There is definitely no equivalent to this function in Javascript and C#.

This was a bit difficult to figure out how to use, so I can understand it if my explanation doesn't make sense to you. If you do end up needing sort functionality that the other sort functions do not provide, I recommend re-reading this section, reading the documentation, and then playing around with the function to get a sense for how it works.

## Enum.split/2

The `Enum.split/2` function takes an enumerable and an integer "count" parameter. The enumerable is split into two lists, with the first list having the number of elements equal to the "count" parameter and the second list having all the remaining elements. Both lists are contained in a tuple.

If the "count" parameter is a positive number, then `Enum.split/2` will take that many elements from the beginning of the enumerable. If the "count" parameter is a negative number, then `Enum.split/2` will take that many elements from the end of the enumerable. The Elixir documentation notes that if a negative number is passed in, the function will perform two passes over the enumerable, the first one to find out how many elements there are and the second one to get the elements it needs.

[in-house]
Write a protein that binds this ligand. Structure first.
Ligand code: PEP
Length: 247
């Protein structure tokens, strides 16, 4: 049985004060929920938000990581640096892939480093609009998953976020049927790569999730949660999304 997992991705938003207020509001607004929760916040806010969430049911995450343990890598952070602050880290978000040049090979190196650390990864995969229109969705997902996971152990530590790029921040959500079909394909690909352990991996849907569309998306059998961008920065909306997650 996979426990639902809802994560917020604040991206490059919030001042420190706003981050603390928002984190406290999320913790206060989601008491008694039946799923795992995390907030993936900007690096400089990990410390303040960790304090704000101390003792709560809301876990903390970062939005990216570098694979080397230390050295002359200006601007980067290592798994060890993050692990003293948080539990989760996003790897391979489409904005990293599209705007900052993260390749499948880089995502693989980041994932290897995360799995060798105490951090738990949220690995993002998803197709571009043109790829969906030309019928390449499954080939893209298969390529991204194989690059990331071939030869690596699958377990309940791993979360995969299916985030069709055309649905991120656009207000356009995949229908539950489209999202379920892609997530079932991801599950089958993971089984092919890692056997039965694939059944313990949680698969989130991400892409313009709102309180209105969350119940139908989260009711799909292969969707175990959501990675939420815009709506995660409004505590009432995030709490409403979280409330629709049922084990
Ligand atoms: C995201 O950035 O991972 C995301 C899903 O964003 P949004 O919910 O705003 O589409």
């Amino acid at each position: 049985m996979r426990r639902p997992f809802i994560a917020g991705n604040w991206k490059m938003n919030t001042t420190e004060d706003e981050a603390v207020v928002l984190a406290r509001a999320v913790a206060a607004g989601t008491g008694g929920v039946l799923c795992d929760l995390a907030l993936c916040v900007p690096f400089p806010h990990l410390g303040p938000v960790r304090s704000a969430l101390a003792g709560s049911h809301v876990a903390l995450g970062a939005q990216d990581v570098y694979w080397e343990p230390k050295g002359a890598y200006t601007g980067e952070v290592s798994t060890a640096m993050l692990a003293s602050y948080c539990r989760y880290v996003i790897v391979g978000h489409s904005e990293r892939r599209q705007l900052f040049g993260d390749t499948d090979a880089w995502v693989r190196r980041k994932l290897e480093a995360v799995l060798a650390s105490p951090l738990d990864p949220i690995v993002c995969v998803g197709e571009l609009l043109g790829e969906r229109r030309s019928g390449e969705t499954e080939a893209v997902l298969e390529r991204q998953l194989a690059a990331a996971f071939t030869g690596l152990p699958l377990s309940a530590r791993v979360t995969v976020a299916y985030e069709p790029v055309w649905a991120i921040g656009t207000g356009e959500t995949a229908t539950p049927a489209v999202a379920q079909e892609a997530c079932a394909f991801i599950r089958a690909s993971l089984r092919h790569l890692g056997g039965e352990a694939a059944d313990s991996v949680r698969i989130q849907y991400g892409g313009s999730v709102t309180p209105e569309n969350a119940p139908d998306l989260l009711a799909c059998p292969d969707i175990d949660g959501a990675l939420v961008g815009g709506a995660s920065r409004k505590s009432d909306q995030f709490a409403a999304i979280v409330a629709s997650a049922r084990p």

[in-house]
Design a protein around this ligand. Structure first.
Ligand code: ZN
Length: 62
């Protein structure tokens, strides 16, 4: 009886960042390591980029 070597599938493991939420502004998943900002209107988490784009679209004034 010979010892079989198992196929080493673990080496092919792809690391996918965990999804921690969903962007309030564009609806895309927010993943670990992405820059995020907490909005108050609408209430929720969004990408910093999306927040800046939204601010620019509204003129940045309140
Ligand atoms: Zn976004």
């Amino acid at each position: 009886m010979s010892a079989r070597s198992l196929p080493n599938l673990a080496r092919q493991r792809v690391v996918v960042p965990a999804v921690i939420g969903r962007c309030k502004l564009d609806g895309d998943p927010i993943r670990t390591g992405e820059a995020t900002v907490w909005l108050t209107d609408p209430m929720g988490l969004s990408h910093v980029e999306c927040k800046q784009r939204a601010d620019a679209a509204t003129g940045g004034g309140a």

I think of this function as being somewhat similar `Enum.slice/3`, where the slice is taken from the beginning or the end and the rest of the enumerable is put into another slice.

Here are some examples.

``````iex> Enum.split(1..10, 3)
{[1, 2, 3], [4, 5, 6, 7, 8, 9, 10]}
iex> Enum.split(1..10, -3)
{[1, 2, 3, 4, 5, 6, 7], '\b\t\n'}
iex> Enum.split(1..10, 15)
{[1, 2, 3, 4, 5, 6, 7, 8, 9, 10], []}
iex> Enum.split(1..10, 1)
{, [2, 3, 4, 5, 6, 7, 8, 9, 10]}
iex> Enum.split(1..10, 0)
{[], [1, 2, 3, 4, 5, 6, 7, 8, 9, 10]}
``````

If a count is passed in that is larger than the enumerable, all the elements will be put into the first list and the second list will be empty. If a count of 0 is passed in, the first list will be empty and all the elements will be put into the second list.